Ordovician magmatism, deformation, and exhumation in the Caledonides of central Norway: An orphan of the Taconic orogeny?

Aaron S. Yoshinobu, Calvin G. Barnes, Øystein Nordgulen, Tore Prestvik, Mark Fanning, R. B. Pedersen

Research output: Contribution to journalArticle

75 Scopus citations

Abstract

Magmatism, contractional deformation, and extension associated with the exhumation of high-pressure rocks in the Scandinavian Caledonides are commonly attributed to the Silurian-Devonian Scandian orogeny, in which eastward thrusting of allochthonous terranes over Baltica was followed by extensional collapse and exhumation. New fieldwork and U-Pb geochronology coupled with recent pressure-temperature estimates within the highest thrust sequence of the Caledonian orogen indicate that an earlier phase of west-directed contractional deformation was punctuated by migmatite-producing events and voluminous magmatism ca. 477-466 Ma and ca. 447 Ma, followed by exhumation in the Late Ordovician. Al-in-hornblende and GASP thermobarometry indicate that emplacement of a suite of 448-445 Ma plutons caused partial migmatization at pressures of 700-800 MPa. Subsequent isothermal exhumation to pressures of 400 MPa occured while the host rocks were still partially molten. Rates of exhumation may have ranged from 2 to 11 mm·yr-1 or greater. These data provide evidence for a previously unrecognized phase of exhumation in the Caledonides and for aerially extensive west-vergent deformation. Deformation and magmatism associated with these events may be related to Taconic-age orogenesis near Laurentia, where the highest nappe sequences of the Scandinavian Caledonides probably resided during early Paleozoic time.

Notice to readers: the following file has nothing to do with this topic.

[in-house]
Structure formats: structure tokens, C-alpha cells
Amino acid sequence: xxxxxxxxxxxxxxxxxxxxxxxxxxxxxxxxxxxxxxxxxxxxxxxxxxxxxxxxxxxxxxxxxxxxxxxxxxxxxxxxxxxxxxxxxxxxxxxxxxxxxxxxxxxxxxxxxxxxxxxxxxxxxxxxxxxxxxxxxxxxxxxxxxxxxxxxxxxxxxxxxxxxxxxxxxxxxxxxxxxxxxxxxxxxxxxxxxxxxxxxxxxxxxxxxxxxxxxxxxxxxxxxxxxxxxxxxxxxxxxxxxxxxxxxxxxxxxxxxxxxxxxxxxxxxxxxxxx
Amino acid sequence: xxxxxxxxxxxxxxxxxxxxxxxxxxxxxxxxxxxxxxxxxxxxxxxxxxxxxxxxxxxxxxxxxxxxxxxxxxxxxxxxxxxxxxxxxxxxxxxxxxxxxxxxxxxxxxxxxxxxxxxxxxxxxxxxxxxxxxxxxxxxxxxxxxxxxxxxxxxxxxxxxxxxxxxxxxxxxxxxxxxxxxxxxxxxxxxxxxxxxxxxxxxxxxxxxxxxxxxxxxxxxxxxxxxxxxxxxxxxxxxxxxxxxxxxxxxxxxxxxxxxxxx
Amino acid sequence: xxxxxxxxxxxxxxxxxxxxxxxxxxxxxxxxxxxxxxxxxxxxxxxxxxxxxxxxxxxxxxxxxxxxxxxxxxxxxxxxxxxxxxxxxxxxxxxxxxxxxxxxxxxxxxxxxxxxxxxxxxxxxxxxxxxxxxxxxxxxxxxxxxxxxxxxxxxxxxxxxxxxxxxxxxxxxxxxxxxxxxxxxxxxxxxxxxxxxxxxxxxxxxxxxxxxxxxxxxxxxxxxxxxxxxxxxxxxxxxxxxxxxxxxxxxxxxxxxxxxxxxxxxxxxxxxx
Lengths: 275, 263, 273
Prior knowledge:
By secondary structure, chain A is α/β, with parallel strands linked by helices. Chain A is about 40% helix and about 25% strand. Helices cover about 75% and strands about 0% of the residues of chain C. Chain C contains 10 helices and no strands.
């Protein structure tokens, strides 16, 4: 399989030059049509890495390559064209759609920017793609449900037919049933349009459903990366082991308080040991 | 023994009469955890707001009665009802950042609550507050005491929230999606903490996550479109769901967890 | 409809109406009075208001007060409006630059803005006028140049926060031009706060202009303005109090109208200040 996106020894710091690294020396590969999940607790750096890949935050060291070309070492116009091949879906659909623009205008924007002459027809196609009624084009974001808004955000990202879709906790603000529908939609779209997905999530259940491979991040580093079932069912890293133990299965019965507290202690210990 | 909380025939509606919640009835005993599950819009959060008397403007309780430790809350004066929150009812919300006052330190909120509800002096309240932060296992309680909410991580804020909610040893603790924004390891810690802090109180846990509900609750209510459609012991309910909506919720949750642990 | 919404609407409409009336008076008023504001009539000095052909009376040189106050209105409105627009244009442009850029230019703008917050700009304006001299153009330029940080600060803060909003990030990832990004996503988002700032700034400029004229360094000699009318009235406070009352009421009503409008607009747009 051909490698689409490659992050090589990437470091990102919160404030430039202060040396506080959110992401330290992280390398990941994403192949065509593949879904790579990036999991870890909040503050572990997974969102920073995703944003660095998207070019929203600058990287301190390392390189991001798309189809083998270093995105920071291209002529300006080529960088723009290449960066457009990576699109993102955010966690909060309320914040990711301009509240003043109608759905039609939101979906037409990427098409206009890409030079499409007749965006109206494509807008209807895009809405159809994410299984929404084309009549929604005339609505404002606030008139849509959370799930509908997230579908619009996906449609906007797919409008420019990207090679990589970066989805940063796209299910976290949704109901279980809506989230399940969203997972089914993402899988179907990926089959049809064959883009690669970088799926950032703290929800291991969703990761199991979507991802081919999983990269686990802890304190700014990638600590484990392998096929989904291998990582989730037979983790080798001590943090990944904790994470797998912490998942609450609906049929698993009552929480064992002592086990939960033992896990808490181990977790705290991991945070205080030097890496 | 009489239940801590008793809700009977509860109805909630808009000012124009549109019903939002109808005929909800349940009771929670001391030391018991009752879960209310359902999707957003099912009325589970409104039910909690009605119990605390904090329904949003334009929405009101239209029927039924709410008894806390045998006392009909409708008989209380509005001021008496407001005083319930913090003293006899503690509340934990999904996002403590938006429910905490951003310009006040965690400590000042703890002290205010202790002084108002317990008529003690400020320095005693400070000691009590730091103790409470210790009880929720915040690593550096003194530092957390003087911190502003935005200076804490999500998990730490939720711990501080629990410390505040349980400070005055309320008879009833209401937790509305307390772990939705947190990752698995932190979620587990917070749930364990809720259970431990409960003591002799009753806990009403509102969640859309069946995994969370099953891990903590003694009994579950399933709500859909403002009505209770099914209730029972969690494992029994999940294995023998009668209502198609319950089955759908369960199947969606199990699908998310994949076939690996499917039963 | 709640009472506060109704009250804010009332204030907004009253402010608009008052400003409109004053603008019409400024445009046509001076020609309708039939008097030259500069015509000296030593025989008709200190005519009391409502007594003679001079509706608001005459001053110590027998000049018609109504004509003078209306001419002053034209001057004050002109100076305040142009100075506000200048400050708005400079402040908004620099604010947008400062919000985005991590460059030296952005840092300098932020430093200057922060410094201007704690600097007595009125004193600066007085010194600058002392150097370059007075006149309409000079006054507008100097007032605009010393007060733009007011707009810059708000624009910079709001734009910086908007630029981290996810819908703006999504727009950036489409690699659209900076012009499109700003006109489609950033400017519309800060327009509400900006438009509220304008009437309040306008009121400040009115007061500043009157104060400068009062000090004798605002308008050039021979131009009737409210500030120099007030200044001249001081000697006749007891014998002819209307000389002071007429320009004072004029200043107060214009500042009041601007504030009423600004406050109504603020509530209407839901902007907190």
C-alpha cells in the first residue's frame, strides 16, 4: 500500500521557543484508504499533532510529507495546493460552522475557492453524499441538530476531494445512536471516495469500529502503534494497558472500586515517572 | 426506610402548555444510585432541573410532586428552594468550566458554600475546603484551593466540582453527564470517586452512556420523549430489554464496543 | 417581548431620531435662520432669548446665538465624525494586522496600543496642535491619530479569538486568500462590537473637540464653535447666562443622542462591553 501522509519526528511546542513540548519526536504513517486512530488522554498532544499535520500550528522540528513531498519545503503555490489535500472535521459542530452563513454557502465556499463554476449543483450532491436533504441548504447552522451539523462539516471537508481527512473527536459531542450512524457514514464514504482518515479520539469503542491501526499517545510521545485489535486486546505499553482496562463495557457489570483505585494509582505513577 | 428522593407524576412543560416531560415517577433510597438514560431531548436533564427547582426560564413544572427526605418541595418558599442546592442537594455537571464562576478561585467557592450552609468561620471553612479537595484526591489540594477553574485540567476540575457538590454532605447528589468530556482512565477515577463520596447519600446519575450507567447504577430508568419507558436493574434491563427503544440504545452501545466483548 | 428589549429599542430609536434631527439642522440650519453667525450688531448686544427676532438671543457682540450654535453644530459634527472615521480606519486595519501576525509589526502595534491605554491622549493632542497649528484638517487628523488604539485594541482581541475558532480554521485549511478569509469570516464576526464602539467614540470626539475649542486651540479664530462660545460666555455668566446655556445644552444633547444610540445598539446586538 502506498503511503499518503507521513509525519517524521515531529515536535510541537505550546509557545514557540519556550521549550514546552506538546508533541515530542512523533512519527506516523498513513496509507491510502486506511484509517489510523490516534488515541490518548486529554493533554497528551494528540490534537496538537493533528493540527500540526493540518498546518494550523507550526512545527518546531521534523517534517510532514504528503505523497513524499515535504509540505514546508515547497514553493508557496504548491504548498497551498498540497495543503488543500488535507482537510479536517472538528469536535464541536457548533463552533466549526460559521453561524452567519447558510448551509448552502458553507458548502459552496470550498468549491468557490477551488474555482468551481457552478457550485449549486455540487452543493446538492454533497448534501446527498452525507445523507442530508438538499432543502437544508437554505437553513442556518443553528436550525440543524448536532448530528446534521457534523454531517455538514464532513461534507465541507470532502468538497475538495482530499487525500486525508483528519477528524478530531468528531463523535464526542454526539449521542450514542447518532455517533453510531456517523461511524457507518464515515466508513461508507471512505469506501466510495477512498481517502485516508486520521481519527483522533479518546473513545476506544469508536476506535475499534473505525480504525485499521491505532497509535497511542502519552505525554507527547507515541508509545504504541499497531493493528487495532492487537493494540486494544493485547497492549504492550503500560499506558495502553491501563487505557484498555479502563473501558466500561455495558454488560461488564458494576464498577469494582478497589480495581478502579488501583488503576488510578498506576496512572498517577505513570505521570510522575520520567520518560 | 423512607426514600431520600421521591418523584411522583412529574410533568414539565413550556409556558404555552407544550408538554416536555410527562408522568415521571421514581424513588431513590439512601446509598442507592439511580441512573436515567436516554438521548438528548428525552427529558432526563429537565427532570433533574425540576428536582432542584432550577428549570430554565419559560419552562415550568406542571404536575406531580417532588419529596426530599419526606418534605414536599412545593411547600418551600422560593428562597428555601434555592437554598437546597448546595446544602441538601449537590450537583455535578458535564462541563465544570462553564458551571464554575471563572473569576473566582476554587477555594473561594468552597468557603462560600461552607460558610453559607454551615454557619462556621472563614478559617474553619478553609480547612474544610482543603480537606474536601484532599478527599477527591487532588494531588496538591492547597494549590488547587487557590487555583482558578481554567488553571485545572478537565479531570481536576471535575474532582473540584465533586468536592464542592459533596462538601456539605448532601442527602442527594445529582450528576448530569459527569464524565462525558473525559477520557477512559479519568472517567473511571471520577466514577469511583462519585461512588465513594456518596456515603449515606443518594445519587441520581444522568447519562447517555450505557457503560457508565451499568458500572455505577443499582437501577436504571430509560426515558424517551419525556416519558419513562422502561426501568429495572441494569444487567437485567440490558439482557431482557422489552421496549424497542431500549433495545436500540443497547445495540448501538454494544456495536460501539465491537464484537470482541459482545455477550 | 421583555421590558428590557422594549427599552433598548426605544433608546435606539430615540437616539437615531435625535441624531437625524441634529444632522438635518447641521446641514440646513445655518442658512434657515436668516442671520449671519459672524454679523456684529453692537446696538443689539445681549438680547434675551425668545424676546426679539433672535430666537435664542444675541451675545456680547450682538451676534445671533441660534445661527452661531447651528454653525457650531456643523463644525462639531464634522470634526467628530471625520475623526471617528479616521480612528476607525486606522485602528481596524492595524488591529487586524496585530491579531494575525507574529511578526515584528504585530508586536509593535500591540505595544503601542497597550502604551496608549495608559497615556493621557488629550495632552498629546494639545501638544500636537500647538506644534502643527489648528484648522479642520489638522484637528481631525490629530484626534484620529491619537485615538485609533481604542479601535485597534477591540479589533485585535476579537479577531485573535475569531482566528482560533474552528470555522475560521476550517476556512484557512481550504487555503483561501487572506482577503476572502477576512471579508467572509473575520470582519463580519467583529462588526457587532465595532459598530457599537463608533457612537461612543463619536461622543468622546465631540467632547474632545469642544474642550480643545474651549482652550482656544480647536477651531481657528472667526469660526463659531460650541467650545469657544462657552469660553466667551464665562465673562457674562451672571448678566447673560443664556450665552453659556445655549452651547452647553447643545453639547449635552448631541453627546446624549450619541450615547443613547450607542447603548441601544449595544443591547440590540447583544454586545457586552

Original languageEnglish
Pages (from-to)883-886
Number of pages4
JournalGeology
Volume30
Issue number10
DOIs
StatePublished - Oct 2002

Keywords

  • Caledonides
  • Exhumation
  • Migmatite
  • SHRIMP U-Pb
  • Taconian orogeny

Fingerprint Dive into the research topics of 'Ordovician magmatism, deformation, and exhumation in the Caledonides of central Norway: An orphan of the Taconic orogeny?'. Together they form a unique fingerprint.

  • Cite this